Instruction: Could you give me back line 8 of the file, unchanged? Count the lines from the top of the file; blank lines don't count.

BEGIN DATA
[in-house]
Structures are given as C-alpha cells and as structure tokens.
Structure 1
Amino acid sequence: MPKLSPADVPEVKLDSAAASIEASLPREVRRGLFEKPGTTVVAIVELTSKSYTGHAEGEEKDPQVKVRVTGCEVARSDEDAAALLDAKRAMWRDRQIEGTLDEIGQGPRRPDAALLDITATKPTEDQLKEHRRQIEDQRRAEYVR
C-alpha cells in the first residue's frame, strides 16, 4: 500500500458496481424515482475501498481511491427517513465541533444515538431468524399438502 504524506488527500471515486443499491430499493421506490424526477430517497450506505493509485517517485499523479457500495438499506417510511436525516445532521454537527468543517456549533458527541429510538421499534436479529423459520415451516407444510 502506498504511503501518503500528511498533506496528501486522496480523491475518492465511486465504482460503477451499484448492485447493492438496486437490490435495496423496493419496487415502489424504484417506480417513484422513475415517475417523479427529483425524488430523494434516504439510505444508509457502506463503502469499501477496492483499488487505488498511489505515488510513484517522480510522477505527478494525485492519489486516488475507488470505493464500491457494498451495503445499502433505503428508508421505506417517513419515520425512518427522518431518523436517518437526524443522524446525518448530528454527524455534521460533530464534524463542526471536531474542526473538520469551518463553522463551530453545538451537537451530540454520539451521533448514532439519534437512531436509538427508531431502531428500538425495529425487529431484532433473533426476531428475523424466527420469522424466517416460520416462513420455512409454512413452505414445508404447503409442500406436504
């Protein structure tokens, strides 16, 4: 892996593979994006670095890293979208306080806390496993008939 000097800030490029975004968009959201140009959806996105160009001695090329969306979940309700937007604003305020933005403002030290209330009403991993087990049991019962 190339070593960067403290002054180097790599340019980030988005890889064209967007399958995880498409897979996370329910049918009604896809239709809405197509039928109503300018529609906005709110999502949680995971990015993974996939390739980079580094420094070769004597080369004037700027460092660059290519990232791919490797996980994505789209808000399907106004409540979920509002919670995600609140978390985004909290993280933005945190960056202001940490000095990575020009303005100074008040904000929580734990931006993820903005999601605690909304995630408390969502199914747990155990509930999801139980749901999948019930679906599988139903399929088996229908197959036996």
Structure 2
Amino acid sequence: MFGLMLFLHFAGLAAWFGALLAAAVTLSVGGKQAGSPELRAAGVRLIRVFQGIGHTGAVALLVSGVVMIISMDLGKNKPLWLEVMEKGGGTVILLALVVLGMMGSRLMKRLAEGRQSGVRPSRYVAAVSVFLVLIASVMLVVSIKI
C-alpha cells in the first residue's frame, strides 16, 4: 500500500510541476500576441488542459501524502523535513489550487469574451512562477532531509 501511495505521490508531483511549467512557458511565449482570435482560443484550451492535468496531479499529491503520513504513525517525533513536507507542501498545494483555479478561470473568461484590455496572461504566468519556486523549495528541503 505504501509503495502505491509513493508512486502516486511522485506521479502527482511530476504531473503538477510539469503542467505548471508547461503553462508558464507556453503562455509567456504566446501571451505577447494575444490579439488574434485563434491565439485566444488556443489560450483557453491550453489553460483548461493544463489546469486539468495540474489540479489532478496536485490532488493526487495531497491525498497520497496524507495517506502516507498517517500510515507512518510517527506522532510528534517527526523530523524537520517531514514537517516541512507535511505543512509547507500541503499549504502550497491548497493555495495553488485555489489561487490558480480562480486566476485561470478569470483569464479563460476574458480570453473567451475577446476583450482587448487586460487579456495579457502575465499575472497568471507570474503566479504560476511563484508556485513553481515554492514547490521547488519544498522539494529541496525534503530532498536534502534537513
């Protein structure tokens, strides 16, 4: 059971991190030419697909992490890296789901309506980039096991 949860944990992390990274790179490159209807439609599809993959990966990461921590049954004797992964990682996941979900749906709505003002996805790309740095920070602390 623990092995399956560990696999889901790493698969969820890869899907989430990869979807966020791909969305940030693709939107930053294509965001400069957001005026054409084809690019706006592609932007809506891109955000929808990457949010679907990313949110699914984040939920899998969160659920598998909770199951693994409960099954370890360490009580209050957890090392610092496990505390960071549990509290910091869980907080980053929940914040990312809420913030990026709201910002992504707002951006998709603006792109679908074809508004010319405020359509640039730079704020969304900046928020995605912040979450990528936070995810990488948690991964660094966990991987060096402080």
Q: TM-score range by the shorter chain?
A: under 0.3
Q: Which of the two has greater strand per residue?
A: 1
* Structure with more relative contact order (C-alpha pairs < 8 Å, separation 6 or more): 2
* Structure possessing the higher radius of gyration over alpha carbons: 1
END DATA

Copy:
Amino acid sequence: MFGLMLFLHFAGLAAWFGALLAAAVTLSVGGKQAGSPELRAAGVRLIRVFQGIGHTGAVALLVSGVVMIISMDLGKNKPLWLEVMEKGGGTVILLALVVLGMMGSRLMKRLAEGRQSGVRPSRYVAAVSVFLVLIASVMLVVSIKI